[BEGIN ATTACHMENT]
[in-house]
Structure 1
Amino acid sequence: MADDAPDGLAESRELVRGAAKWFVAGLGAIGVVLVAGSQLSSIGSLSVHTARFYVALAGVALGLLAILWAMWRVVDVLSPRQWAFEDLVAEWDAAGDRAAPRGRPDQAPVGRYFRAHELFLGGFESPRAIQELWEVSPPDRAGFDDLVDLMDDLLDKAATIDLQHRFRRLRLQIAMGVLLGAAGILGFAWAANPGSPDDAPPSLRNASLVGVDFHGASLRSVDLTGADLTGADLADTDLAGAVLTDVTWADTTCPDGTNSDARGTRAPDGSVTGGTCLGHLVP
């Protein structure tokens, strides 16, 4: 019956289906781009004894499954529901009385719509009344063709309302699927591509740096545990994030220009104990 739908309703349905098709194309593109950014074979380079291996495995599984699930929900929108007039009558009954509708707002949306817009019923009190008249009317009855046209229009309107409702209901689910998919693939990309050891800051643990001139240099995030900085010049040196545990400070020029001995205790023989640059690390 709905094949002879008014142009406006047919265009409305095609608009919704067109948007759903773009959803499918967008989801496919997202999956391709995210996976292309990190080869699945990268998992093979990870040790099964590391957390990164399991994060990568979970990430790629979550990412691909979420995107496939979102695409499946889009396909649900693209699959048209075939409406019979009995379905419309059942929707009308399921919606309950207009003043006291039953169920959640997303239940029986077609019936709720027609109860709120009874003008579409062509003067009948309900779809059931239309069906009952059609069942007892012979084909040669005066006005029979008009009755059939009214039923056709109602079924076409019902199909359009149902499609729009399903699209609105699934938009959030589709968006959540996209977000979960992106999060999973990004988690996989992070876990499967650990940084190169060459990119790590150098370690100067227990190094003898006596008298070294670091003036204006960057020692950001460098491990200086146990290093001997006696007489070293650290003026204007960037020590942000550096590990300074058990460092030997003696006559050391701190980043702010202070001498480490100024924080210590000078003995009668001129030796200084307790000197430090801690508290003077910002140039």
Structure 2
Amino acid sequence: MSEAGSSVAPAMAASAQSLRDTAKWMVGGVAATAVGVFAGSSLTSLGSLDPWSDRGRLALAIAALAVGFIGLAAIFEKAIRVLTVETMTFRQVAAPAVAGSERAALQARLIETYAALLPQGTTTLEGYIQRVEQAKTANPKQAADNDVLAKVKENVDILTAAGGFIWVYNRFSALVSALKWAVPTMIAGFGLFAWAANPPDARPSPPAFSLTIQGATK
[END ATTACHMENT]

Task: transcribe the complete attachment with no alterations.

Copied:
[in-house]
Structure 1
Amino acid sequence: MADDAPDGLAESRELVRGAAKWFVAGLGAIGVVLVAGSQLSSIGSLSVHTARFYVALAGVALGLLAILWAMWRVVDVLSPRQWAFEDLVAEWDAAGDRAAPRGRPDQAPVGRYFRAHELFLGGFESPRAIQELWEVSPPDRAGFDDLVDLMDDLLDKAATIDLQHRFRRLRLQIAMGVLLGAAGILGFAWAANPGSPDDAPPSLRNASLVGVDFHGASLRSVDLTGADLTGADLADTDLAGAVLTDVTWADTTCPDGTNSDARGTRAPDGSVTGGTCLGHLVP
């Protein structure tokens, strides 16, 4: 019956289906781009004894499954529901009385719509009344063709309302699927591509740096545990994030220009104990 739908309703349905098709194309593109950014074979380079291996495995599984699930929900929108007039009558009954509708707002949306817009019923009190008249009317009855046209229009309107409702209901689910998919693939990309050891800051643990001139240099995030900085010049040196545990400070020029001995205790023989640059690390 709905094949002879008014142009406006047919265009409305095609608009919704067109948007759903773009959803499918967008989801496919997202999956391709995210996976292309990190080869699945990268998992093979990870040790099964590391957390990164399991994060990568979970990430790629979550990412691909979420995107496939979102695409499946889009396909649900693209699959048209075939409406019979009995379905419309059942929707009308399921919606309950207009003043006291039953169920959640997303239940029986077609019936709720027609109860709120009874003008579409062509003067009948309900779809059931239309069906009952059609069942007892012979084909040669005066006005029979008009009755059939009214039923056709109602079924076409019902199909359009149902499609729009399903699209609105699934938009959030589709968006959540996209977000979960992106999060999973990004988690996989992070876990499967650990940084190169060459990119790590150098370690100067227990190094003898006596008298070294670091003036204006960057020692950001460098491990200086146990290093001997006696007489070293650290003026204007960037020590942000550096590990300074058990460092030997003696006559050391701190980043702010202070001498480490100024924080210590000078003995009668001129030796200084307790000197430090801690508290003077910002140039």
Structure 2
Amino acid sequence: MSEAGSSVAPAMAASAQSLRDTAKWMVGGVAATAVGVFAGSSLTSLGSLDPWSDRGRLALAIAALAVGFIGLAAIFEKAIRVLTVETMTFRQVAAPAVAGSERAALQARLIETYAALLPQGTTTLEGYIQRVEQAKTANPKQAADNDVLAKVKENVDILTAAGGFIWVYNRFSALVSALKWAVPTMIAGFGLFAWAANPPDARPSPPAFSLTIQGATK